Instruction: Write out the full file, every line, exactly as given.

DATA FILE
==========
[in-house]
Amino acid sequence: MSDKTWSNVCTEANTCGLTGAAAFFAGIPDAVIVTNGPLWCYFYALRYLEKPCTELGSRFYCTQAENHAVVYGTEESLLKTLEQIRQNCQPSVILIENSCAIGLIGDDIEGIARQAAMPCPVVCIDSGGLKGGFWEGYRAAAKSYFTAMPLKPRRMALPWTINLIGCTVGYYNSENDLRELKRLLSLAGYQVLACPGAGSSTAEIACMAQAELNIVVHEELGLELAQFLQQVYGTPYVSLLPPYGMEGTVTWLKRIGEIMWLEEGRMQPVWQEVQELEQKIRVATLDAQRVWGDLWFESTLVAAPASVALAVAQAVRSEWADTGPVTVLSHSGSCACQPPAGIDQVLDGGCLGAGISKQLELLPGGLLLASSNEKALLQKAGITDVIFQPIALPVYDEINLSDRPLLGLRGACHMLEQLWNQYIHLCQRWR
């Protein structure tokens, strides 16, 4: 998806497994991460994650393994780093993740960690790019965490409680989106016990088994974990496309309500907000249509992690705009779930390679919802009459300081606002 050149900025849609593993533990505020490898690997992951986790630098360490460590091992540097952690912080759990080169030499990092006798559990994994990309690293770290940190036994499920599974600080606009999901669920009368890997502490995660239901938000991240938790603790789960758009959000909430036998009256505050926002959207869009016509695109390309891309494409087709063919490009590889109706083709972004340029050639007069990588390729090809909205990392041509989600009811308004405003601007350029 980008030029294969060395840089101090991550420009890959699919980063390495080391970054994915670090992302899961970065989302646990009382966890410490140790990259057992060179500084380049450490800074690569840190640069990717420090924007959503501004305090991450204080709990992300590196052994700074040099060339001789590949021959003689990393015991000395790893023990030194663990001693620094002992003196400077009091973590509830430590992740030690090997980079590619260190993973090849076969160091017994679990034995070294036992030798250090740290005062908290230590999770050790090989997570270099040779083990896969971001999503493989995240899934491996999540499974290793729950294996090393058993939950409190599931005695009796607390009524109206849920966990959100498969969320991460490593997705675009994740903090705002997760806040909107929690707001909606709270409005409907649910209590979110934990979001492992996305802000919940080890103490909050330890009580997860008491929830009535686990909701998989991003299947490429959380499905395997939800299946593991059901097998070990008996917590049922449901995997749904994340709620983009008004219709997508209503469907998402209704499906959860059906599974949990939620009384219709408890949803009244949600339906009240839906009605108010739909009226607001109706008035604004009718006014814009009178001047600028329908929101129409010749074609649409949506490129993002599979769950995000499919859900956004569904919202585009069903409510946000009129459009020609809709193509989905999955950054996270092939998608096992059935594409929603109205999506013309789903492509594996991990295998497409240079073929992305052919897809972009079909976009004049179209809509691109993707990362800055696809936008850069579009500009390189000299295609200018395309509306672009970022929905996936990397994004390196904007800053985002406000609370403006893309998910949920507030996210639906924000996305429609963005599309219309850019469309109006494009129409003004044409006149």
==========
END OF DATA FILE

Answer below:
[in-house]
Amino acid sequence: MSDKTWSNVCTEANTCGLTGAAAFFAGIPDAVIVTNGPLWCYFYALRYLEKPCTELGSRFYCTQAENHAVVYGTEESLLKTLEQIRQNCQPSVILIENSCAIGLIGDDIEGIARQAAMPCPVVCIDSGGLKGGFWEGYRAAAKSYFTAMPLKPRRMALPWTINLIGCTVGYYNSENDLRELKRLLSLAGYQVLACPGAGSSTAEIACMAQAELNIVVHEELGLELAQFLQQVYGTPYVSLLPPYGMEGTVTWLKRIGEIMWLEEGRMQPVWQEVQELEQKIRVATLDAQRVWGDLWFESTLVAAPASVALAVAQAVRSEWADTGPVTVLSHSGSCACQPPAGIDQVLDGGCLGAGISKQLELLPGGLLLASSNEKALLQKAGITDVIFQPIALPVYDEINLSDRPLLGLRGACHMLEQLWNQYIHLCQRWR
């Protein structure tokens, strides 16, 4: 998806497994991460994650393994780093993740960690790019965490409680989106016990088994974990496309309500907000249509992690705009779930390679919802009459300081606002 050149900025849609593993533990505020490898690997992951986790630098360490460590091992540097952690912080759990080169030499990092006798559990994994990309690293770290940190036994499920599974600080606009999901669920009368890997502490995660239901938000991240938790603790789960758009959000909430036998009256505050926002959207869009016509695109390309891309494409087709063919490009590889109706083709972004340029050639007069990588390729090809909205990392041509989600009811308004405003601007350029 980008030029294969060395840089101090991550420009890959699919980063390495080391970054994915670090992302899961970065989302646990009382966890410490140790990259057992060179500084380049450490800074690569840190640069990717420090924007959503501004305090991450204080709990992300590196052994700074040099060339001789590949021959003689990393015991000395790893023990030194663990001693620094002992003196400077009091973590509830430590992740030690090997980079590619260190993973090849076969160091017994679990034995070294036992030798250090740290005062908290230590999770050790090989997570270099040779083990896969971001999503493989995240899934491996999540499974290793729950294996090393058993939950409190599931005695009796607390009524109206849920966990959100498969969320991460490593997705675009994740903090705002997760806040909107929690707001909606709270409005409907649910209590979110934990979001492992996305802000919940080890103490909050330890009580997860008491929830009535686990909701998989991003299947490429959380499905395997939800299946593991059901097998070990008996917590049922449901995997749904994340709620983009008004219709997508209503469907998402209704499906959860059906599974949990939620009384219709408890949803009244949600339906009240839906009605108010739909009226607001109706008035604004009718006014814009009178001047600028329908929101129409010749074609649409949506490129993002599979769950995000499919859900956004569904919202585009069903409510946000009129459009020609809709193509989905999955950054996270092939998608096992059935594409929603109205999506013309789903492509594996991990295998497409240079073929992305052919897809972009079909976009004049179209809509691109993707990362800055696809936008850069579009500009390189000299295609200018395309509306672009970022929905996936990397994004390196904007800053985002406000609370403006893309998910949920507030996210639906924000996305429609963005599309219309850019469309109006494009129409003004044409006149």